The woman with the mobile phone must think I’m creepy. Or possibly daft. Perhaps both. She is sat on a bench in the sunshine, having a chat with a friend, and I am stalking around the arches of the building with a camera as old as I am.
Precisely, as old as I am, in fact. I was attracted by a Zeiss Ikon Contina on ‘a well-known internet auction site’ at a ridiculously low price. I found some details elsewhere online, and when I learned that it was only manufactured between 1963 and 1965, I was sold; it was pretty much exactly my age. It’s also small, light, easy to use, and has the looks of an antique Vespa or a 1950s espresso machine. In theory, it has a selenium meter and, although the needle appears to fluctuate, it does so in an apparently random fashion, unperturbed by prosaic things like changing the aperture. So, Sunny 16 and off we go.
The photos in this post were taken in Dundee on a bright summer’s afternoon. The strong light and clear air gave a delightful edge to the old stone buildings. It is a beautiful city, which has benefited in recent years from some superb redevelopment by the waterfront. The 45mm lens on the Contina seemed like an ideal Goldilocks focal length – not too long, not too wide. I’m reminded that Zeiss made some very lovely glass, back in the day.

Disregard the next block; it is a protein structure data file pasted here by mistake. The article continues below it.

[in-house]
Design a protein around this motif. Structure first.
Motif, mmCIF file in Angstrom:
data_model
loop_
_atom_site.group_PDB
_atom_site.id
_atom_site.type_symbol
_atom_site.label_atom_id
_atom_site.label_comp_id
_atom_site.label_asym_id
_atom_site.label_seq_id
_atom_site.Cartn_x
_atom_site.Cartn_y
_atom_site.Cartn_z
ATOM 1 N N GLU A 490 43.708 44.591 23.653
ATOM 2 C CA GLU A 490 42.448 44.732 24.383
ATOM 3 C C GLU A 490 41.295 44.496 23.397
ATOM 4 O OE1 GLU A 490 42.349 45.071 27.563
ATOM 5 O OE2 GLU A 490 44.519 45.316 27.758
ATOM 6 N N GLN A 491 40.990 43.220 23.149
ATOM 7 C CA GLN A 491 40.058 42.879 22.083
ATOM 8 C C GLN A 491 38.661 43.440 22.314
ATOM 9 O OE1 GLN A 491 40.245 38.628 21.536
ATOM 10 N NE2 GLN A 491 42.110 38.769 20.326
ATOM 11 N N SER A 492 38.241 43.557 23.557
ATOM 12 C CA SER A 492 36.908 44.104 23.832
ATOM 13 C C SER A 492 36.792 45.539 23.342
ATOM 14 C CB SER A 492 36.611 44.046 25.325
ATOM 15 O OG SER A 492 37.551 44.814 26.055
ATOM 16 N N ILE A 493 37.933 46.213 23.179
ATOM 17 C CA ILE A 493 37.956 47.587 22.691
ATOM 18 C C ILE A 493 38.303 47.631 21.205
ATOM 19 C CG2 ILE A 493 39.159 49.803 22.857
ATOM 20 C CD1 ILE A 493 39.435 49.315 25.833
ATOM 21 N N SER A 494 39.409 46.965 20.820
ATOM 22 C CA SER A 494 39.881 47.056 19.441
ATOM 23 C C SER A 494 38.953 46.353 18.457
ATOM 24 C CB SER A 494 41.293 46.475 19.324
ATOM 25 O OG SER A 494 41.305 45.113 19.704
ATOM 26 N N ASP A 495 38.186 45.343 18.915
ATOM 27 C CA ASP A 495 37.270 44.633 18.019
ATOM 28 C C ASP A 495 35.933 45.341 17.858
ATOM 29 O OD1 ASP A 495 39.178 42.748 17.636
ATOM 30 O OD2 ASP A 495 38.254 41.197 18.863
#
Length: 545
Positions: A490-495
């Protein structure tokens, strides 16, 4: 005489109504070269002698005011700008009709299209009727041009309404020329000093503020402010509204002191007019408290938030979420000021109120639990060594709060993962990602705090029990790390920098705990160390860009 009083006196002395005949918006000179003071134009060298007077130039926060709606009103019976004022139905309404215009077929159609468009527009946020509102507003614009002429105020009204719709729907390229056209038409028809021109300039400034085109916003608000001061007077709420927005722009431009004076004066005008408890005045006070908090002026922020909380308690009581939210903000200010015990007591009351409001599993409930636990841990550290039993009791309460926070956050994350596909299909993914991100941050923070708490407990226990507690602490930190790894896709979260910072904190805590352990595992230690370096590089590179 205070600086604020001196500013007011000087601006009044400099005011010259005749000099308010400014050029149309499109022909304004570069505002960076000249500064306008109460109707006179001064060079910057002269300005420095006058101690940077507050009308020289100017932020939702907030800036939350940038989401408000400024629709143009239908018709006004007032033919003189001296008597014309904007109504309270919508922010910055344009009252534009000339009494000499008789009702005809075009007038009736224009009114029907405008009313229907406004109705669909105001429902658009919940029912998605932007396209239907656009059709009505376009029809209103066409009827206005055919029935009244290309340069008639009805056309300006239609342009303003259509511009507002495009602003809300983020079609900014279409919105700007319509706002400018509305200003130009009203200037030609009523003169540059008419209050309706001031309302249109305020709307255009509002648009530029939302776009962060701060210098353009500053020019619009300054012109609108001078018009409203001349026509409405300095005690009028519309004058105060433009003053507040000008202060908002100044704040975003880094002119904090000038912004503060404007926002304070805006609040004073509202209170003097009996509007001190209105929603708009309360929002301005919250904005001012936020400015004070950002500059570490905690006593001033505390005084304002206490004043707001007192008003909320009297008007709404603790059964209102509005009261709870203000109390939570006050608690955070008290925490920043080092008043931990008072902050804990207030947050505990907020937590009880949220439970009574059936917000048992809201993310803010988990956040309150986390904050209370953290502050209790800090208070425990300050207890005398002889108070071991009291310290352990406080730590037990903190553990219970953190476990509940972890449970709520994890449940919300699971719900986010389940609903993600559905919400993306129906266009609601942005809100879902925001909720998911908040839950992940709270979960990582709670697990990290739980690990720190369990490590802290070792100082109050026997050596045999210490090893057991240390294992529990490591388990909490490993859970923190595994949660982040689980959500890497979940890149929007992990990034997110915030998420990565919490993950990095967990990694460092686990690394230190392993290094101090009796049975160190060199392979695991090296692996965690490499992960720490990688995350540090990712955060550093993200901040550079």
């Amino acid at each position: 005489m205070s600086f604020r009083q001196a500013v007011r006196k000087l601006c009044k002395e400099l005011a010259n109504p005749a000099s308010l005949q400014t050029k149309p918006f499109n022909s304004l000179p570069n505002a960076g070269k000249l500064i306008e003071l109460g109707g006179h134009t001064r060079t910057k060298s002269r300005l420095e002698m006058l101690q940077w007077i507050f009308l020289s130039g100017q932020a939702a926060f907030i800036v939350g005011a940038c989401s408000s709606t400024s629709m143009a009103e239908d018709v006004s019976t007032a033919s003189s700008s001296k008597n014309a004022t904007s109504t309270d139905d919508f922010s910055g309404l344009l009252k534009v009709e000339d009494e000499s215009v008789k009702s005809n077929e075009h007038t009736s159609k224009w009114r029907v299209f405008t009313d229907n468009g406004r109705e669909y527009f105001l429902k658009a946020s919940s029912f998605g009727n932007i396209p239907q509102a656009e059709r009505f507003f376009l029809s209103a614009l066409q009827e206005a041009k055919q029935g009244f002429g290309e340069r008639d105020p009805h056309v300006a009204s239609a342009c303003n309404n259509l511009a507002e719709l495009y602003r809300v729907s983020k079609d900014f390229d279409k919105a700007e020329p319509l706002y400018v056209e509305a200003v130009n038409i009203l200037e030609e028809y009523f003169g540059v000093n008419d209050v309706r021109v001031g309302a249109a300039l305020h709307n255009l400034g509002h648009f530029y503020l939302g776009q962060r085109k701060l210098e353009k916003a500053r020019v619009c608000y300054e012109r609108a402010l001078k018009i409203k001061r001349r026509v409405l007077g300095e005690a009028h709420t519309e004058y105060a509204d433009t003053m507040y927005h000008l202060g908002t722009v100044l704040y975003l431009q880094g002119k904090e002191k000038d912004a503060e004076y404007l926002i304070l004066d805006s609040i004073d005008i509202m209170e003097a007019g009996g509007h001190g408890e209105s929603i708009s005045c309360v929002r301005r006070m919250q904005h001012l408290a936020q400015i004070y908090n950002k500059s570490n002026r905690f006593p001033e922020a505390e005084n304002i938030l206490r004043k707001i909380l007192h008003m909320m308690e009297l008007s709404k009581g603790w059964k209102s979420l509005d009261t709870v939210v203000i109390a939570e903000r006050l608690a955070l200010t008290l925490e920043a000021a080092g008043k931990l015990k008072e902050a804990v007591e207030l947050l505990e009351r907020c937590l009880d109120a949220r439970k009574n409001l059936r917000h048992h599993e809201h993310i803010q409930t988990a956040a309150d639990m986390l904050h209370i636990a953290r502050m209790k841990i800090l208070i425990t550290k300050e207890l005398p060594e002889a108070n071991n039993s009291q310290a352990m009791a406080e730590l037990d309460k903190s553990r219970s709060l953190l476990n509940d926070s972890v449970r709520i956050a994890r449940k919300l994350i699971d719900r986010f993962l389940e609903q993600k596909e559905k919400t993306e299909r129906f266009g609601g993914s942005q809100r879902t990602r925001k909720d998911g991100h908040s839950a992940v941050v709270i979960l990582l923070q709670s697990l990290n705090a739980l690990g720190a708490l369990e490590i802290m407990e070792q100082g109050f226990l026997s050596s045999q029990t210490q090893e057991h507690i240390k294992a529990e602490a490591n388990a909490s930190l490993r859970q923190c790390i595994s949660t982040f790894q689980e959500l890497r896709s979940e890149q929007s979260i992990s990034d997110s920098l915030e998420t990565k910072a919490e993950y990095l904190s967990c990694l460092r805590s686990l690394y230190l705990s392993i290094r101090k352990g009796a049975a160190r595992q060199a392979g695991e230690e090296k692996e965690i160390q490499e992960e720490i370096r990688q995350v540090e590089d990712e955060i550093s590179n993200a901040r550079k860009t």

I have recently moved exclusively to Caffenol for development. The idea of making a developer from common household ingredients appealed to my first principles approach to life, and the environmental attractions are obvious. I’ve found that the resulting negatives are pretty much indistinguishable from those processed in a standard one-shot developer.
It has certainly given a good range of tones to these images, which were shot on Fomapan 100 and developed in Caffenol-C-H (although with household salt rather than the potassium bromide) for 16 minutes. The Fomapan 100 Classic is an ‘old school’ film; it doesn’t sparkle, but it is very reliable, works well with the Caffenol, and is incredibly cheap, encouraging experimentation and a willingness to make a few mistakes along the way.
It’s a liberating experience to use an old camera with a simple iris diaphragm, focusing by guesswork and metering by rule of thumb. In a city of fading grandeur and bright new purpose like Dundee, I’m sure it felt completely at home.
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